Andrej Nikolow also has plenty of stories to tell about the balancing act between cost pressure and the need to reduce emissions. Nikolow is responsible for compiling data on inbound and outbound logistics processes, which is then used in life cycle assessment calculations. This data relates to the emissions produced on the one hand by the supply of required goods and on the other by sales activities and deliveries to distribution centers. Nikolow uses numerous systems in order to get Henßler the data he needs. The procedures here are highly complex, as each mode of transport (e.g. plane, train, truck, or ship) requires the use of a different approach for calculating the emissions. At the same time, increasing digitalization in the logistics chains and the development of new system applications will make such calculations easier to perform in the future. The associated projects are therefore important to both the numbers guy, Henßler, and the planner, Nikolow.
When asked what the key is to achieving the greatest possible degree of sustainability in logistics chains, Nikolow immediately replies: “It’s transport — the shorter the transport distances, the better the life cycle assessment. That’s because shorter transports not only reduce CO₂ emissions; they also conserve resources.” If a specific transport operation is unavoidable, an optimal route and the best mode of transport must be selected. “Efficiency is the key with both variables — in terms of costs and CO₂ emissions,” Nikolow explains. Ocean transport has proved to be a good option with regard to both variables over the last few years: “Ships now travel more slowly and at constant speeds, which lowers both fuel costs and CO₂ emissions.” Since the beginning of this year, all inbound rail transports in Germany and Austria have been powered by electricity generated from renewable energy sources. According to Nikolow, it’s not a few major changes but rather the combination of many smaller projects that minimize the ecological footprint in logistics operations — a fact that experience has shown to be true.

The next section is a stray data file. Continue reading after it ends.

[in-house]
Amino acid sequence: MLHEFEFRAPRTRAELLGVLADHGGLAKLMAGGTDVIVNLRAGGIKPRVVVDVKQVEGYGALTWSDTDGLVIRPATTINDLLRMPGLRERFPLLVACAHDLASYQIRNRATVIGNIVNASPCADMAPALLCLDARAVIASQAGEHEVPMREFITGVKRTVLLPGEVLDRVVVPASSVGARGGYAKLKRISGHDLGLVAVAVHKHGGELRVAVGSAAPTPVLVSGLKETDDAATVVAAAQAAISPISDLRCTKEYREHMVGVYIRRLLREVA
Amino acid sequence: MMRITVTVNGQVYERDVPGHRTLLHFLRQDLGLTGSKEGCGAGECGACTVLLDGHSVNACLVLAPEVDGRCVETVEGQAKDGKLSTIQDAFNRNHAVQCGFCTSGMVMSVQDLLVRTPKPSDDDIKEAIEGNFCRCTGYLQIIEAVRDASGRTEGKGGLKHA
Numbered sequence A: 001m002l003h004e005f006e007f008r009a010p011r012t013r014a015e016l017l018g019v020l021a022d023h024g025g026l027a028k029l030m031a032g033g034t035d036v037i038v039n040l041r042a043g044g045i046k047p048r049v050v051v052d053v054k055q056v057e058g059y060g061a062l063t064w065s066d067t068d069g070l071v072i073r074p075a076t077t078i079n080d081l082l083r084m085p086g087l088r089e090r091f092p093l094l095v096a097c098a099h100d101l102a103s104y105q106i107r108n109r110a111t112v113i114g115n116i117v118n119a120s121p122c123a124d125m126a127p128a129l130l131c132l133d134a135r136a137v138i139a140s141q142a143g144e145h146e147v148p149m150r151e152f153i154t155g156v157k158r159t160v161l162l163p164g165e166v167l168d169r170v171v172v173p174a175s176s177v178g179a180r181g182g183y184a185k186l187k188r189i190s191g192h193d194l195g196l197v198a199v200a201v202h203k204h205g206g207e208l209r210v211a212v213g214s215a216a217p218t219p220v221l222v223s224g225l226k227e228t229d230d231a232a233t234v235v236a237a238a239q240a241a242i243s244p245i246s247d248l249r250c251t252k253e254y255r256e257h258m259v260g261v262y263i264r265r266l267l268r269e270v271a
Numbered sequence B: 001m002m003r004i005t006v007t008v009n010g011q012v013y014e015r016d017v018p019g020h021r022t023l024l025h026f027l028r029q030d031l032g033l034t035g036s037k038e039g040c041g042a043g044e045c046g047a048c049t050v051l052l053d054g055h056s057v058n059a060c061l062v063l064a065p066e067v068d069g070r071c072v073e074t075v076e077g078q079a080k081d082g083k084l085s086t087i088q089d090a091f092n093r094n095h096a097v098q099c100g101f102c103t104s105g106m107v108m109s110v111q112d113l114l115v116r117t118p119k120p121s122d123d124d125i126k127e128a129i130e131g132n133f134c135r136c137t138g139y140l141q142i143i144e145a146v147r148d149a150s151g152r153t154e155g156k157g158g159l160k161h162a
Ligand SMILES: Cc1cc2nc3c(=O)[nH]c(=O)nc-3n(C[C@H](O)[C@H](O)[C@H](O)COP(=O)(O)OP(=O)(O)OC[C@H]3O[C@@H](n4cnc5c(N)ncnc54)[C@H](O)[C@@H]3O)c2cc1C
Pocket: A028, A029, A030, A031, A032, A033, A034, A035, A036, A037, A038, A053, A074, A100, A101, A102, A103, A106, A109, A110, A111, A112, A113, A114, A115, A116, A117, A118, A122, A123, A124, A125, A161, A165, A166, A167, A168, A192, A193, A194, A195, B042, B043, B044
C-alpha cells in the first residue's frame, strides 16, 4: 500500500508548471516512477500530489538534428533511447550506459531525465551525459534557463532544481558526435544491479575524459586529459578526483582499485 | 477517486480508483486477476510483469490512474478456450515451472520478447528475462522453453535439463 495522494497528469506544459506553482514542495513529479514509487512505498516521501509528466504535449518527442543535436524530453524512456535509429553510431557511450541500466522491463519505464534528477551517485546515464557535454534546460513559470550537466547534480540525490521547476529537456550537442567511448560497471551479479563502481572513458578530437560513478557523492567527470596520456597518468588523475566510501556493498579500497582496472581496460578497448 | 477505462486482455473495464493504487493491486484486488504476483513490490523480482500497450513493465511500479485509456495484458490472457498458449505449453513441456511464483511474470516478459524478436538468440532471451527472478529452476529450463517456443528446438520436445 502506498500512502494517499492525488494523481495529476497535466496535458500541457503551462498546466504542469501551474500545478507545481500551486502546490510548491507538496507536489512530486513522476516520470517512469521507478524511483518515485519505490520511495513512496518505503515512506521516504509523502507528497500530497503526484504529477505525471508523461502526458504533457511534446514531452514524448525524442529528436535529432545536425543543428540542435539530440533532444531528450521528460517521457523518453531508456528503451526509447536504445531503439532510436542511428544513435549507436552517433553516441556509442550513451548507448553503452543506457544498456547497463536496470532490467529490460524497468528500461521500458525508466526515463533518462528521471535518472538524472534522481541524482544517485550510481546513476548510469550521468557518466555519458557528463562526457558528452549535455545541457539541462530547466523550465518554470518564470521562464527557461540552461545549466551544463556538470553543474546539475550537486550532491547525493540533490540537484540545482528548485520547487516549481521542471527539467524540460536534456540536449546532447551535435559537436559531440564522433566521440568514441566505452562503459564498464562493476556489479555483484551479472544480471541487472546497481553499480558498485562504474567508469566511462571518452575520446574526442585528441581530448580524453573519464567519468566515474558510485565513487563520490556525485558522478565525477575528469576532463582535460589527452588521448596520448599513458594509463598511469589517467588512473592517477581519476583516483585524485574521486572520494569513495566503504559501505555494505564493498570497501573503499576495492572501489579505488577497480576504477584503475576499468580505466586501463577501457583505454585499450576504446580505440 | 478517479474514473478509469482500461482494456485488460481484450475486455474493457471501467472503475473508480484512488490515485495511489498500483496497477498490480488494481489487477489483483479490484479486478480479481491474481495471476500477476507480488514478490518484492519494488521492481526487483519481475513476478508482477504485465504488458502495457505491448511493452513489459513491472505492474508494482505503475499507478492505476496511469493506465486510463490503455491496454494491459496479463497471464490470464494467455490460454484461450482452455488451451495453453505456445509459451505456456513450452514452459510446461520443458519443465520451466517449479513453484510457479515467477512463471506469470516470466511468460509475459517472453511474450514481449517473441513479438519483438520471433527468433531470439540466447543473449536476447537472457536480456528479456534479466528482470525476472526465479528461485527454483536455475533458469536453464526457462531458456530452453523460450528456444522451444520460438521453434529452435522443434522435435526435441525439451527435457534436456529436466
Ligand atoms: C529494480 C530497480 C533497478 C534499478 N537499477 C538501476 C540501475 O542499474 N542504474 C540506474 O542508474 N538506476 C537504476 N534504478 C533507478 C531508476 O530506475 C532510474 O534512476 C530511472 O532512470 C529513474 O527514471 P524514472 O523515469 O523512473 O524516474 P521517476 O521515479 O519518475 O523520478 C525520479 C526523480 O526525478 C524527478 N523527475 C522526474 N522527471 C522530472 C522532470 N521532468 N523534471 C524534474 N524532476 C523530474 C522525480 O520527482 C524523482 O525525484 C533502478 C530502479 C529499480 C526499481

Sebastian Bühler, who works as a technical production planning specialist for energy conservation and CO₂ reductions, says that Daimler’s commitment to environmentally friendly logistics operations demonstrates that the company is serious about utilizing an integrated approach to sustainability issues. Bühler is a member of the GreenProduction team, which is a corporate unit that works on transforming production systems in order to make them more sustainable. In addition to conducting his planning work, Bühler is involved in Green Lab Decarbonization and also heads a Daimler photovoltaic project group. “I’ve been promoting the use of renewable energy since I was 16 — there was never any question about this for me,” he says.